Its a nice idea, although when making decisions regarding the live and death of many people, an empathic person might simply shut down, so it might be good to include some more dispassionate people who can shut up and multiply.

I don't think that's the case. EQ seems to make people both empathic and also able to keep a clear head when it comes to tough decisions.

comment by ShardPhoenix · 2014-10-24T22:54:39.492Z · score: 0 (0 votes) · LW · GW

Ideally I also support more testing for everything, but there's a difficulty in keeping more complex tests both accurate and non-corrupted. IQ tests should be fine for some things but probably not everything.

comment by skeptical_lurker · 2014-10-25T10:28:29.438Z · score: 0 (0 votes) · LW · GW

I'm guessing that "here are 20 people, who are each going to tell you a statement. You have five minutes to cross question each one, and then you must decide if they are lying" would be a decent test of social skills for instance.

comment by ChristianKl · 2014-10-25T17:13:28.202Z · score: 0 (2 votes) · LW · GW

That test is quite easy to corrupt by telling the 20 people to make it easy for them of the people who get interviewed.

More importantly you test for a very specific skill that's likely trainable. The best people at the skill will be people trained by specific coaches in telling lies in that artificial setting. Those coaches might be payed for by lobbyists.

In real life telling whether people lie when things are at stake for them is a much more useful skill than telling whether someone is lying for whom nothing is at stake.

In most real world contexts where telling whether someone lies is important you analyse the persons motivations and the emotions that body language reveals. That's highly different from telling whether someone whom you give a random card from a deck of cards lies when he says: "This is the Queen of Hearts"

comment by NancyLebovitz · 2014-10-26T09:53:55.165Z · score: 1 (1 votes) · LW · GW

You could make there be something at stake by having everyone telling lies also be part of the group taking the test.

Unfortunately(?), this would mean that people would train at telling convincing lies as well training at detecting lies.

comment by skeptical_lurker · 2014-10-26T15:07:27.092Z · score: 0 (0 votes) · LW · GW

I second the question mark.

comment by skeptical_lurker · 2014-10-26T06:28:15.746Z · score: 1 (1 votes) · LW · GW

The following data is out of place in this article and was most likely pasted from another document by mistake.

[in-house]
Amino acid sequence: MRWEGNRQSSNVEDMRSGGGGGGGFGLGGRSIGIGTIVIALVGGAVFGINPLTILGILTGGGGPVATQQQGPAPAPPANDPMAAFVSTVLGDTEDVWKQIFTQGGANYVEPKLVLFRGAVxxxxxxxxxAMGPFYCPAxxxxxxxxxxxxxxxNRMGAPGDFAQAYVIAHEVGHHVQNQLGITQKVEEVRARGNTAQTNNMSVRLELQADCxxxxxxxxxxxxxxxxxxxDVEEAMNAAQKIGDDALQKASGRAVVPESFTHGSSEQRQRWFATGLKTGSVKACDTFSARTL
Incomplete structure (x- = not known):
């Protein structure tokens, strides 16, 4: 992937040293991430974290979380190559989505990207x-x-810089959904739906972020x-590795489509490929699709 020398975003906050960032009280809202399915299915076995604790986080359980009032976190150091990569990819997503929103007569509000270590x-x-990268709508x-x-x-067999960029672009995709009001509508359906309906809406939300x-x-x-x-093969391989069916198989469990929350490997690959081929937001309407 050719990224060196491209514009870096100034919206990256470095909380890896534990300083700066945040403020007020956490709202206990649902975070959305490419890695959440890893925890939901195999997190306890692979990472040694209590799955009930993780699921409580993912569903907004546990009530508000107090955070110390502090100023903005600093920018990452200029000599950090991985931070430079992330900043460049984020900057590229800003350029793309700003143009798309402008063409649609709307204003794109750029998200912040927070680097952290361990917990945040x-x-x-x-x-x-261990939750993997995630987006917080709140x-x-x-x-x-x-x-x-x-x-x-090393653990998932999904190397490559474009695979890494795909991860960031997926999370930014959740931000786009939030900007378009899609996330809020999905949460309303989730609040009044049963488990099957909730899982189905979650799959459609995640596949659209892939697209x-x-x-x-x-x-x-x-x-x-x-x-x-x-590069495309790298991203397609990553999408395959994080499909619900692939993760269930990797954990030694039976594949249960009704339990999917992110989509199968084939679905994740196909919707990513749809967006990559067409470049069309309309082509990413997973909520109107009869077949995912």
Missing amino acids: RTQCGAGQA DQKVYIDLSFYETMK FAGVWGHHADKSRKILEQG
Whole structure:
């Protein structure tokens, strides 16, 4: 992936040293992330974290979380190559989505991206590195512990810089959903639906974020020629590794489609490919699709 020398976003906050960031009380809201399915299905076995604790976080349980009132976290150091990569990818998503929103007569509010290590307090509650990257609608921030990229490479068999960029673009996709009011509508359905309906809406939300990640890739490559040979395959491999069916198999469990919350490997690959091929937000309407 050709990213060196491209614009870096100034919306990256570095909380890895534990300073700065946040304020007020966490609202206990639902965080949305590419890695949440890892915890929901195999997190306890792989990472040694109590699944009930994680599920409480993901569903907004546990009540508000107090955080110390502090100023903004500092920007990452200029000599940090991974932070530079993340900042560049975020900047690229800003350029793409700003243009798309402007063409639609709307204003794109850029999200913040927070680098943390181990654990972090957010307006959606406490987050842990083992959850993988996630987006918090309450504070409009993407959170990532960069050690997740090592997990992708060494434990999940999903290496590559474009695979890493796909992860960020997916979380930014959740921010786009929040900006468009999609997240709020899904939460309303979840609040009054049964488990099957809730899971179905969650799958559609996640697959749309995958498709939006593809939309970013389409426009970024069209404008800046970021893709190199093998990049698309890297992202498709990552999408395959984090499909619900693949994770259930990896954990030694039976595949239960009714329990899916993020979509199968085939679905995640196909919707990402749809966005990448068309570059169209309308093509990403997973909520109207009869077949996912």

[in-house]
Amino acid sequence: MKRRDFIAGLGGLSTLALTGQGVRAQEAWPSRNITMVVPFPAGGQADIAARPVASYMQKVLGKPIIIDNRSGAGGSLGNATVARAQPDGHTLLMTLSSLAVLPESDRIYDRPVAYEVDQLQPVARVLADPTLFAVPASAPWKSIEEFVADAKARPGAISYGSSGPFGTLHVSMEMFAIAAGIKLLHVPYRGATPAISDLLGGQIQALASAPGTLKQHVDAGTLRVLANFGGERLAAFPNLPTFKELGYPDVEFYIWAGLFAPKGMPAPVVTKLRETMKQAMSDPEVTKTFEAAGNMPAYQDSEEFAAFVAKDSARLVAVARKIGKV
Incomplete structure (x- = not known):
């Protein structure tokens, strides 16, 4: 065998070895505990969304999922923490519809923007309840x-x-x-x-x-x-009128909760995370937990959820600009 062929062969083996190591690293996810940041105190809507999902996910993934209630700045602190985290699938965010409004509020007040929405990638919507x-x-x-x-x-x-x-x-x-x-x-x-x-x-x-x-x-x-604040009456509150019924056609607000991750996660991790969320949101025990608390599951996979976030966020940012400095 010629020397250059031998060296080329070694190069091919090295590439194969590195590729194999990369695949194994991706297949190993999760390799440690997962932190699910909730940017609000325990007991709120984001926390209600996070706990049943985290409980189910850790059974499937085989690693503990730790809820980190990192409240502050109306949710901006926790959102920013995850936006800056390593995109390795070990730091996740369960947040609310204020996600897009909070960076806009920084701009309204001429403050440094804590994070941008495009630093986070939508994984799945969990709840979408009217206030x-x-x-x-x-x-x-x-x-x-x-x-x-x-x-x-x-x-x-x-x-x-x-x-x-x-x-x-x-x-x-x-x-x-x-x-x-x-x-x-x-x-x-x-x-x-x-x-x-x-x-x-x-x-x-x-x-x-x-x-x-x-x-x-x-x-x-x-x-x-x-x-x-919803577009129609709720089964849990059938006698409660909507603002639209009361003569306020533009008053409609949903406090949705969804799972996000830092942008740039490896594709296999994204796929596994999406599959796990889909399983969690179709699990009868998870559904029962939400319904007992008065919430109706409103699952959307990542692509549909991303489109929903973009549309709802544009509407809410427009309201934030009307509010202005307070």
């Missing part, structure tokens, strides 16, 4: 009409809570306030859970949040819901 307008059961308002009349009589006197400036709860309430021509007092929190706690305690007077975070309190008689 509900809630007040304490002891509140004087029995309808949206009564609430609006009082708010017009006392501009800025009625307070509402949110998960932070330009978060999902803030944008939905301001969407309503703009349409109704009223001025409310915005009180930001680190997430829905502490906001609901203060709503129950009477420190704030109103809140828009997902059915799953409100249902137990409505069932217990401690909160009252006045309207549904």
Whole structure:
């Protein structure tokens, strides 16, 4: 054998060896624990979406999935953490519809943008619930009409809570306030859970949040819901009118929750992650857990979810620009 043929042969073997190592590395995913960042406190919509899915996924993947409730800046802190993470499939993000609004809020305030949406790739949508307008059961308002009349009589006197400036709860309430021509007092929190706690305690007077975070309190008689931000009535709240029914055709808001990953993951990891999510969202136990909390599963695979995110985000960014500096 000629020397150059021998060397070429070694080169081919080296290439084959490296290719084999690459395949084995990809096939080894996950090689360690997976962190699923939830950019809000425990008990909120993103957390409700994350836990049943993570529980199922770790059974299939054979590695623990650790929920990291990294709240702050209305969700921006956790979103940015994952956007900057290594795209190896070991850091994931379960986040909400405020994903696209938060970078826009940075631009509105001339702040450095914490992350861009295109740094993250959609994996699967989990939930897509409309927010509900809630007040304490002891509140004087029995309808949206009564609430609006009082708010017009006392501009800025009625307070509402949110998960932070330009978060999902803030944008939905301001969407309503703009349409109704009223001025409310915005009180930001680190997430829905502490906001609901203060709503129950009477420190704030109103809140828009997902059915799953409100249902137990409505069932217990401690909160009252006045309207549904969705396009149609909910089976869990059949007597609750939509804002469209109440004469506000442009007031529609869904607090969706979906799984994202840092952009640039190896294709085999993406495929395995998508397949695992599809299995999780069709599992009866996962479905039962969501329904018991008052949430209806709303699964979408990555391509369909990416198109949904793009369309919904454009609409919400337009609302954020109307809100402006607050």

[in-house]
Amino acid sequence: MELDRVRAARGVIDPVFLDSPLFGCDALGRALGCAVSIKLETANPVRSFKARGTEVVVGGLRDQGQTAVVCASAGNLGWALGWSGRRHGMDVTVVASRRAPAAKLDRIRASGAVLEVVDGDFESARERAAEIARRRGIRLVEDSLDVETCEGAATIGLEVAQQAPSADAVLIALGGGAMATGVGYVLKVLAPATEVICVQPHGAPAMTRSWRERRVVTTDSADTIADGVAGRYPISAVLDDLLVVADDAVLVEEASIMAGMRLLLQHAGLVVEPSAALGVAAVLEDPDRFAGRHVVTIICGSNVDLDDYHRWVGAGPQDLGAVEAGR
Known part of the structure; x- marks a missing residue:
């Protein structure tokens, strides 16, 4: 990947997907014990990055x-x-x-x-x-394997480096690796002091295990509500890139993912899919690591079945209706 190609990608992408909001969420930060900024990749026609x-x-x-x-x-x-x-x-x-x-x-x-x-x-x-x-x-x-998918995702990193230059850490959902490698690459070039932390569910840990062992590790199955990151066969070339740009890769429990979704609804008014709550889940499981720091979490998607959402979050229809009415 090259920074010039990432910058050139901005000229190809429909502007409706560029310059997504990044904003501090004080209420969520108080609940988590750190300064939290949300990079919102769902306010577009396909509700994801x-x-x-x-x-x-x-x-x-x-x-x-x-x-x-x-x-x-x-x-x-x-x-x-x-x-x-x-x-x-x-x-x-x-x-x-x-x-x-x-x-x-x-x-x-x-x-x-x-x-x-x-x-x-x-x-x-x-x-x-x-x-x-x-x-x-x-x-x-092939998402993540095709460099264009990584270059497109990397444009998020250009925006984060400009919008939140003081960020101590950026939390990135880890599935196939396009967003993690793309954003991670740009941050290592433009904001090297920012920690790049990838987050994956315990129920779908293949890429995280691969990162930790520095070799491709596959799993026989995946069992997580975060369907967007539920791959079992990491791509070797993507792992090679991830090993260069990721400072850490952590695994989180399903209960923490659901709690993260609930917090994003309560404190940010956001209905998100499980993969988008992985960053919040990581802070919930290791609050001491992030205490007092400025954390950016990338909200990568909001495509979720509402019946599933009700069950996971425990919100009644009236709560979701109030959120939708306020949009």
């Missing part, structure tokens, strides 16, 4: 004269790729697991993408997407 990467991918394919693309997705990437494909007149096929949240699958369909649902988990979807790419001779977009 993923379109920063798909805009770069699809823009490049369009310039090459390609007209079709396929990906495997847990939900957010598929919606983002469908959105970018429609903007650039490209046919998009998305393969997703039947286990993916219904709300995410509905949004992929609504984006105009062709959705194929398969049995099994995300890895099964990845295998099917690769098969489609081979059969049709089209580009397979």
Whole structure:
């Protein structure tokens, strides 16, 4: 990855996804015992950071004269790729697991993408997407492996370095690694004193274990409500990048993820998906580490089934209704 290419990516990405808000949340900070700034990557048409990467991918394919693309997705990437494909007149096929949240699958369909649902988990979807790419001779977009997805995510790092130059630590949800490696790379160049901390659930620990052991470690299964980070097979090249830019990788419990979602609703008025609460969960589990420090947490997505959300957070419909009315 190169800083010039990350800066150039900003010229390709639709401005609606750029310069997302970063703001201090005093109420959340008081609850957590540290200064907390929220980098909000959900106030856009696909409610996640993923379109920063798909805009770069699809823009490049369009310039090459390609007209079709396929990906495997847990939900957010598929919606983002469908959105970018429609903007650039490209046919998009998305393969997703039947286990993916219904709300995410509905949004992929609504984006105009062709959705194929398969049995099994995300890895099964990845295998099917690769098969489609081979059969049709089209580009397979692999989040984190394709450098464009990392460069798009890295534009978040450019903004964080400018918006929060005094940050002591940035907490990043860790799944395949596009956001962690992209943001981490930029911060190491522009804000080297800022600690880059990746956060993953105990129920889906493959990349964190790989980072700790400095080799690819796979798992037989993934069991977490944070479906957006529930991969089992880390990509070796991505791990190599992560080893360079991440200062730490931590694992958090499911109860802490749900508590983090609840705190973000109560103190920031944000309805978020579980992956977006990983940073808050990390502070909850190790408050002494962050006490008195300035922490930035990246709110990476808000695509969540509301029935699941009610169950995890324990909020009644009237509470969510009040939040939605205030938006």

That test is quite easy to corrupt by telling the 20 people to make it easy for them of the people who get interviewed.

This kinda sounds like 'trials are easy to corrupt by telling jurors how to vote'. If this specific test were implemented then it would be possible to, for instance, choose the 20 people by lottery. Maybe look into how people prevent jury tampering?

Those coaches might be payed for by lobbyists.

I don't think the primary goal is to have a system 100% free of corruption. That simply isn't realistic.

In most real world contexts where telling whether someone lies is important you analyse the persons motivations and the emotions that body language reveals. That's highly different from telling whether someone whom you give a random card from a deck of cards lies when he says: "This is the Queen of Hearts"

I was more thinking of having people lie about statements about their lives, perhaps ones with emotional significance, to make the test more realistic.

comment by ChristianKl · 2014-10-26T11:32:44.029Z · score: 0 (2 votes) · LW · GW

This kinda sounds like 'trials are easy to corrupt by telling jurors how to vote'. If this specific test were implemented then it would be possible to, for instance, choose the 20 people by lottery. Maybe look into how people prevent jury tampering?

Jurors are supposed to be able to use their subjective assessment of the situation. If the juror thinks that the person shouldn't be judged guilty, then the person should get an advantage.

Furthermore getting a single jury case wrong isn't as bad as selecting the wrong president. It's more important to have a system for selecting presidents that immune to tampering.

I was more thinking of having people lie about statements about their lives, perhaps ones with emotional significance, to make the test more realistic.

There's still no motivation to lie in that example besides: "The experimenter assigned me the role of a liar."

comment by skeptical_lurker · 2014-10-26T14:49:52.971Z · score: 1 (1 votes) · LW · GW

Jurors are supposed to be able to use their subjective assessment of the situation. If the juror thinks that the person shouldn't be judged guilty, then the person should get an advantage.

Ok, so I think that what you are saying is that if the person being tested is already a public figure (like a president up for periodic re-testing), then the 'liars' will have pre-existing opinions destroying the objectivity of the test. This is a good point - perhaps this specific test can only be used on new applicants.

Furthermore getting a single jury case wrong isn't as bad as selecting the wrong president. It's more important to have a system for selecting presidents that immune to tampering.

When it comes to selecting a president, extra care must be taken. One possibility is that testing is used to select people at the senator level, who then vote one of their number into the presidency. This means that many tests would have to be tampered with to subvert the system as a whole.